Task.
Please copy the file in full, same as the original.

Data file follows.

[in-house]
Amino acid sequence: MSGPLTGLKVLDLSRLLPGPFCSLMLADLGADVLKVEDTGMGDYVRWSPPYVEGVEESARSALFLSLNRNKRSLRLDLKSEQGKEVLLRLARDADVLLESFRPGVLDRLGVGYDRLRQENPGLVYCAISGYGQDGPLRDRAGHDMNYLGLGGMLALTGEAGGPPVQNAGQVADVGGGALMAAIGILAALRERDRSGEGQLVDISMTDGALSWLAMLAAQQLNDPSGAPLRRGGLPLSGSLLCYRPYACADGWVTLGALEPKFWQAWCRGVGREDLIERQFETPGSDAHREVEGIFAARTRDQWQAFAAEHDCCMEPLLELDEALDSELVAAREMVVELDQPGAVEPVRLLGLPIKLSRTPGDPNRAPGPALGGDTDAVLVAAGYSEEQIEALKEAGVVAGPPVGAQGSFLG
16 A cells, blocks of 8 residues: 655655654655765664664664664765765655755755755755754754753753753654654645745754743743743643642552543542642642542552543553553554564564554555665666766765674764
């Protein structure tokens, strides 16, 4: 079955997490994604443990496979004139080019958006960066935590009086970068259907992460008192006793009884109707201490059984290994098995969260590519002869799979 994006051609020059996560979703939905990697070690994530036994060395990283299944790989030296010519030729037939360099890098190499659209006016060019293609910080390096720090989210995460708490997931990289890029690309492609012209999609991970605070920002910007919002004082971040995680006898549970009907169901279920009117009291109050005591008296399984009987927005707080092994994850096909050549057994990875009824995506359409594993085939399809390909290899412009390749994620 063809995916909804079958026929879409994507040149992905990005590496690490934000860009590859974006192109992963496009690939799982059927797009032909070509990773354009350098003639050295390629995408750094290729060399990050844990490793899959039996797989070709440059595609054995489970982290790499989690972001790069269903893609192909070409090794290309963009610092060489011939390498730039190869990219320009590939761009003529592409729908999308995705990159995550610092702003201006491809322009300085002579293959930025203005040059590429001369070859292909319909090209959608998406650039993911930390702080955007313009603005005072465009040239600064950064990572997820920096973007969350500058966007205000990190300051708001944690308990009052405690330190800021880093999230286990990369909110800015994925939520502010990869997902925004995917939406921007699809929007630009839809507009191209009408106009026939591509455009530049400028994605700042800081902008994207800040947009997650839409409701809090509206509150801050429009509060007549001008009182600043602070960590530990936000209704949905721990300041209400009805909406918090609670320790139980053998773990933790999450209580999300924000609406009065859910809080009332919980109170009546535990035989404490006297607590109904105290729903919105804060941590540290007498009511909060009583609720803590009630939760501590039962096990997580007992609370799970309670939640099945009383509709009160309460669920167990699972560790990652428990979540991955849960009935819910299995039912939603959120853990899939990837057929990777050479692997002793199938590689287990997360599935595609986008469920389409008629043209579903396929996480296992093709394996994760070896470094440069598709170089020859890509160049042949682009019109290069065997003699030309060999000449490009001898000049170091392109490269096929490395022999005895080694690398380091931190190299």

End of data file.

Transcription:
[in-house]
Amino acid sequence: MSGPLTGLKVLDLSRLLPGPFCSLMLADLGADVLKVEDTGMGDYVRWSPPYVEGVEESARSALFLSLNRNKRSLRLDLKSEQGKEVLLRLARDADVLLESFRPGVLDRLGVGYDRLRQENPGLVYCAISGYGQDGPLRDRAGHDMNYLGLGGMLALTGEAGGPPVQNAGQVADVGGGALMAAIGILAALRERDRSGEGQLVDISMTDGALSWLAMLAAQQLNDPSGAPLRRGGLPLSGSLLCYRPYACADGWVTLGALEPKFWQAWCRGVGREDLIERQFETPGSDAHREVEGIFAARTRDQWQAFAAEHDCCMEPLLELDEALDSELVAAREMVVELDQPGAVEPVRLLGLPIKLSRTPGDPNRAPGPALGGDTDAVLVAAGYSEEQIEALKEAGVVAGPPVGAQGSFLG
16 A cells, blocks of 8 residues: 655655654655765664664664664765765655755755755755754754753753753654654645745754743743743643642552543542642642542552543553553554564564554555665666766765674764
């Protein structure tokens, strides 16, 4: 079955997490994604443990496979004139080019958006960066935590009086970068259907992460008192006793009884109707201490059984290994098995969260590519002869799979 994006051609020059996560979703939905990697070690994530036994060395990283299944790989030296010519030729037939360099890098190499659209006016060019293609910080390096720090989210995460708490997931990289890029690309492609012209999609991970605070920002910007919002004082971040995680006898549970009907169901279920009117009291109050005591008296399984009987927005707080092994994850096909050549057994990875009824995506359409594993085939399809390909290899412009390749994620 063809995916909804079958026929879409994507040149992905990005590496690490934000860009590859974006192109992963496009690939799982059927797009032909070509990773354009350098003639050295390629995408750094290729060399990050844990490793899959039996797989070709440059595609054995489970982290790499989690972001790069269903893609192909070409090794290309963009610092060489011939390498730039190869990219320009590939761009003529592409729908999308995705990159995550610092702003201006491809322009300085002579293959930025203005040059590429001369070859292909319909090209959608998406650039993911930390702080955007313009603005005072465009040239600064950064990572997820920096973007969350500058966007205000990190300051708001944690308990009052405690330190800021880093999230286990990369909110800015994925939520502010990869997902925004995917939406921007699809929007630009839809507009191209009408106009026939591509455009530049400028994605700042800081902008994207800040947009997650839409409701809090509206509150801050429009509060007549001008009182600043602070960590530990936000209704949905721990300041209400009805909406918090609670320790139980053998773990933790999450209580999300924000609406009065859910809080009332919980109170009546535990035989404490006297607590109904105290729903919105804060941590540290007498009511909060009583609720803590009630939760501590039962096990997580007992609370799970309670939640099945009383509709009160309460669920167990699972560790990652428990979540991955849960009935819910299995039912939603959120853990899939990837057929990777050479692997002793199938590689287990997360599935595609986008469920389409008629043209579903396929996480296992093709394996994760070896470094440069598709170089020859890509160049042949682009019109290069065997003699030309060999000449490009001898000049170091392109490269096929490395022999005895080694690398380091931190190299």